discipline, positive discipline, encouragement, parenting

Differentiating between consequence and punishment

Many of us when we think of consequences we think of punishments. Which it should not be the case as both are quite different.

Many might think that a consequence we are giving is not a punishment but simply what a child deserves. Yet there is a fine line between an actual consequence and a punishment.

Let us understand it better through this scenario: your child, an 8 year old broke a vase at home. Your instant reaction is anger and upset and we honestly just wish them to pay for causing this upset and tell them that for that day they cannot watch screen time because they broke the vase. THAT IS NOT A CONSEQUENCE…it is a punishment which ultimately means, you hurt me and I am going to hurt you back as much as possible. There is no learning outcome except that if one hurts me than I should hurt them back (especially if they are younger than me).

Now let us look at the same scenario but instead of no screen time, we wait till we are calm enough and then let them know how upset we are that they broke the vase. As a consequence, they need to pay for the vase to be replaced (or if possible they are to help fix it). You discuss together how this is going to be achieved (by saving pocket money or not giving pocket money for x amount of weeks or by doing small extra works around the house or to neighbours etc). This would be a logical consequence which is relate-able to what happened, respectful to the child, reasonable and helpful. the learning outcomes would be to be respectful, responsible, kind and helpful.

There are also what we call natural consequences. Let us look at this new scenario: Your teen would not wake up despite calling them several times and they miss the bus to school. Your reaction is to get angry and upset but despite the threats and anger you take them to school yourself so as not for them to be late. What are children learning here? They are learning that you do not mean your threats, that you will ALWAYS rescue them and so need not take responsibility for their actions.

Now we can instead let nature take its course. When they miss their bus, you let them know (not in angry tones) that they have to figure out how to get to school and speak with the head themselves to justify their lateness. You also let them know that once home you will hold a talk between you on how this issue is to be resolved (this could involve them using an alarm clock to wake alone, sleeping earlier to wake on time, insisting you will not rescue them when this happens again). Through this approach, we are teaching responsibility, self reliance, kindness and boundaries.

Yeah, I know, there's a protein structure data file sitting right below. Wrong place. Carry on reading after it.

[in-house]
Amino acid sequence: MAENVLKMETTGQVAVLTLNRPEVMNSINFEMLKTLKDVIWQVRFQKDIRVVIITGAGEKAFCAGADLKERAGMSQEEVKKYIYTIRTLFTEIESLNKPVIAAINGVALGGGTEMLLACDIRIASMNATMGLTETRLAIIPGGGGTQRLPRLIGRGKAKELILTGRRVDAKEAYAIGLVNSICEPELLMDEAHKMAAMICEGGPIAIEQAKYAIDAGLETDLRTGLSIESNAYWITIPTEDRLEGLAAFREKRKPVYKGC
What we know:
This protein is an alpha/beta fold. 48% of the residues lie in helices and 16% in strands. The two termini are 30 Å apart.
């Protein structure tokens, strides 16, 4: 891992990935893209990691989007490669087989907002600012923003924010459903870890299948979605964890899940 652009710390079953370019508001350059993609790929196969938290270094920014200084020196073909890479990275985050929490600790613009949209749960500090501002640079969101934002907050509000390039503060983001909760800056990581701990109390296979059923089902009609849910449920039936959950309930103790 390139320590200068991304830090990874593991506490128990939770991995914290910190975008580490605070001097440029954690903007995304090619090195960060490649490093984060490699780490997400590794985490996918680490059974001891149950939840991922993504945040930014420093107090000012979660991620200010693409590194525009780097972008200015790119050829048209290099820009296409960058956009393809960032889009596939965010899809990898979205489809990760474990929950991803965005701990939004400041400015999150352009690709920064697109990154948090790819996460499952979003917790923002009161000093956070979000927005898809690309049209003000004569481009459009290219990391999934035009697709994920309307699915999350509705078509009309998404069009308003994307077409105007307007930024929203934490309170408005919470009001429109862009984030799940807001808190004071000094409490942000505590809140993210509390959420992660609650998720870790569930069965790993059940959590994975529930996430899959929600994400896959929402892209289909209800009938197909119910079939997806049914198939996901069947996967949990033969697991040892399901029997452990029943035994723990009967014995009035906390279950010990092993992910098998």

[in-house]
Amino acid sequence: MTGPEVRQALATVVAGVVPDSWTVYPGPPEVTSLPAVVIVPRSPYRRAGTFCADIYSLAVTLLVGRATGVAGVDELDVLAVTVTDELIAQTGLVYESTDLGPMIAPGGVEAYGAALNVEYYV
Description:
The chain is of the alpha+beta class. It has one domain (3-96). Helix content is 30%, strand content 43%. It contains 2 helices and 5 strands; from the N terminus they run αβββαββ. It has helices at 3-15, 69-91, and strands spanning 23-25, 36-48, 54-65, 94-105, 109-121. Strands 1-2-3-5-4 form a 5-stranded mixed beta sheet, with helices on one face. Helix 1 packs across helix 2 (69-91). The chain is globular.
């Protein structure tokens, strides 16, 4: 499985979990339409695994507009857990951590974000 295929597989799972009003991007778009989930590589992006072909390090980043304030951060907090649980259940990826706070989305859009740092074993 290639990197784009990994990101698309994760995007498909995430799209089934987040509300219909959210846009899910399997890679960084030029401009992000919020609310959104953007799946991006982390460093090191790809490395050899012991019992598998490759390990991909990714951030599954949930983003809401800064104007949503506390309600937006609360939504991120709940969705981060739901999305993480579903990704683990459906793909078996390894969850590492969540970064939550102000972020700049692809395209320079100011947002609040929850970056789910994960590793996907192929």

Therefore, before issuing your verdict on something that happens at home stop a moment and think if what you are doing is just inflicting damage or if we are teaching through natural or logical consequences.

What more help with this? Give me a call to schedule your online one hour video call.

discipline, positive discipline, encouragement, family life, parenting

Finding our rhythm

As it has been confirmed that schools will not re open this scholastic year, we are looking at the long term of being home with children, whilst working and keeping house.

It is not easy!

So this week I started by re doing our chore chart…I had slacked with my children’s input on their contribution to our home. Something I had already acknowledged but had decided to postpone till Summer starts. Yet, of course, things have now changed so we are diving in straight away into the new way of keeping house together.

I do not like the word CHORE as it feels something negative. Upon searching for inspiration online I came across: Our Home becomes whole when we work together and hence decided to use it for us.

The chores are split into 5 groups and these are attached with velcro so every week they change and every one gets to do every thing that needs to be done in our house. Mine will rarely change although some of the things like washing clothes will be assigned here and there!

Even young children aged 3 can share in the house work. Of course they need supervision and help and that’s ok, we need to give them training for them to eventually start doing them alone.

Next, I have looked at our rhythm. After much thought I came up with what I feel is a reasonable one and that will work for the whole family. My husband is working from home full time, so this rhythm is mostly for me and the children (although he will partake of it in the evenings and weekends or when I am working during school hours).

The chores listed earlier (unless they are part of the weekly house cleaning) can be done at any time of the day and not at a specified time.

After much pondering I decided to give them an hour of screen time daily and a staggering 3 hours on Sunday (although after today’s try out it will be split in 2 and not 3 hours at a go! ). I came to this decision in a simple way really. I thought of how when I was young I had no screen restrictions but it was balanced with a lot of time outside. So, with 2 hrs of movement a day it is counter balanced beautifully and the children are also happy as it meets their needs/wish of screen time.

The times are just an indication and not set in stone. What interests me is that everyone knows what will happen next. This gives them a sense of security and trust and they can relax further during this time where there is a lot of anxiety around which they can feel.

Tomorrow I will go a bit into more detail about rhythm or you can simply jump in and do the free rhythm e-course available on your own!

discipline, positive discipline, encouragement, family life, parenting

Building up a new Rhythm at home

It has been a week since the world as we know it stopped working.

In this week, the majority of us discovered a lot of new things…..things within our families that might not having been working well but suddenly the solution appeared or things which we thought were working well but upon reflection we are seeing we are better off without them.

In preparation for when our world will start functioning again in a manner we are more familiar with, I invite you to build a new rhythm within your homes. I wrote to you about observing your child earlier this week. This is an ongoing process of course, but with your discoveries so far and what you have also seen in this week as working or not, you can start quietly and slowly build a rhythm that works better and flows better for your family.